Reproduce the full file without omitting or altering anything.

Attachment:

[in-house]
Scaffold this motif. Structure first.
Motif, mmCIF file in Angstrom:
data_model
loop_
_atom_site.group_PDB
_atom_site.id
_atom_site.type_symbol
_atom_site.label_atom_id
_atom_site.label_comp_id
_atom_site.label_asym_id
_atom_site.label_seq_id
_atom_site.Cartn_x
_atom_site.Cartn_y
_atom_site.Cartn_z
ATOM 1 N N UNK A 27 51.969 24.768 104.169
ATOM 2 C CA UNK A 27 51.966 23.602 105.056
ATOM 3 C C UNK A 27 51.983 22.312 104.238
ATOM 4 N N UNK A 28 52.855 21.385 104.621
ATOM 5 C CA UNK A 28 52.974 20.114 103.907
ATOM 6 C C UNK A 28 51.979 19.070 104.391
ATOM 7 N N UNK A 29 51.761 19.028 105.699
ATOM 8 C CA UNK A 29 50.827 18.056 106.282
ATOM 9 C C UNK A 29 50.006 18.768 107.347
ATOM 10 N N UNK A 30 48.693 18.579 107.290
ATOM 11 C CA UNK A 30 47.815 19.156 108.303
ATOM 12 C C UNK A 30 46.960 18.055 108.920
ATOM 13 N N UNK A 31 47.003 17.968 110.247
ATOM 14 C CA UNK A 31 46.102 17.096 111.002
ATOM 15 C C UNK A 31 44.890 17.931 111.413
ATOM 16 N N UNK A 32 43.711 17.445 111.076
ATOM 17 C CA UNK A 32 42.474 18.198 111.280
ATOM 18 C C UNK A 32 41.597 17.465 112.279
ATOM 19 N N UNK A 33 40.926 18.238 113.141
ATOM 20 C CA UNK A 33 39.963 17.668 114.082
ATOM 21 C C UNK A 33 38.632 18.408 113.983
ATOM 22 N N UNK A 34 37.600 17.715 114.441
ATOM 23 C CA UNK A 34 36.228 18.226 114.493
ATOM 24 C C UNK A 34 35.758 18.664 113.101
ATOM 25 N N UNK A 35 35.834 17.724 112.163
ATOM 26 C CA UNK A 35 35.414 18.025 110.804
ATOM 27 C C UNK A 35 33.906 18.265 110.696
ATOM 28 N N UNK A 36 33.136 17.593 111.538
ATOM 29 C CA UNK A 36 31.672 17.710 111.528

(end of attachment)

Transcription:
[in-house]
Scaffold this motif. Structure first.
Motif, mmCIF file in Angstrom:
data_model
loop_
_atom_site.group_PDB
_atom_site.id
_atom_site.type_symbol
_atom_site.label_atom_id
_atom_site.label_comp_id
_atom_site.label_asym_id
_atom_site.label_seq_id
_atom_site.Cartn_x
_atom_site.Cartn_y
_atom_site.Cartn_z
ATOM 1 N N UNK A 27 51.969 24.768 104.169
ATOM 2 C CA UNK A 27 51.966 23.602 105.056
ATOM 3 C C UNK A 27 51.983 22.312 104.238
ATOM 4 N N UNK A 28 52.855 21.385 104.621
ATOM 5 C CA UNK A 28 52.974 20.114 103.907
ATOM 6 C C UNK A 28 51.979 19.070 104.391
ATOM 7 N N UNK A 29 51.761 19.028 105.699
ATOM 8 C CA UNK A 29 50.827 18.056 106.282
ATOM 9 C C UNK A 29 50.006 18.768 107.347
ATOM 10 N N UNK A 30 48.693 18.579 107.290
ATOM 11 C CA UNK A 30 47.815 19.156 108.303
ATOM 12 C C UNK A 30 46.960 18.055 108.920
ATOM 13 N N UNK A 31 47.003 17.968 110.247
ATOM 14 C CA UNK A 31 46.102 17.096 111.002
ATOM 15 C C UNK A 31 44.890 17.931 111.413
ATOM 16 N N UNK A 32 43.711 17.445 111.076
ATOM 17 C CA UNK A 32 42.474 18.198 111.280
ATOM 18 C C UNK A 32 41.597 17.465 112.279
ATOM 19 N N UNK A 33 40.926 18.238 113.141
ATOM 20 C CA UNK A 33 39.963 17.668 114.082
ATOM 21 C C UNK A 33 38.632 18.408 113.983
ATOM 22 N N UNK A 34 37.600 17.715 114.441
ATOM 23 C CA UNK A 34 36.228 18.226 114.493
ATOM 24 C C UNK A 34 35.758 18.664 113.101
ATOM 25 N N UNK A 35 35.834 17.724 112.163
ATOM 26 C CA UNK A 35 35.414 18.025 110.804
ATOM 27 C C UNK A 35 33.906 18.265 110.696
ATOM 28 N N UNK A 36 33.136 17.593 111.538
ATOM 29 C CA UNK A 36 31.672 17.710 111.528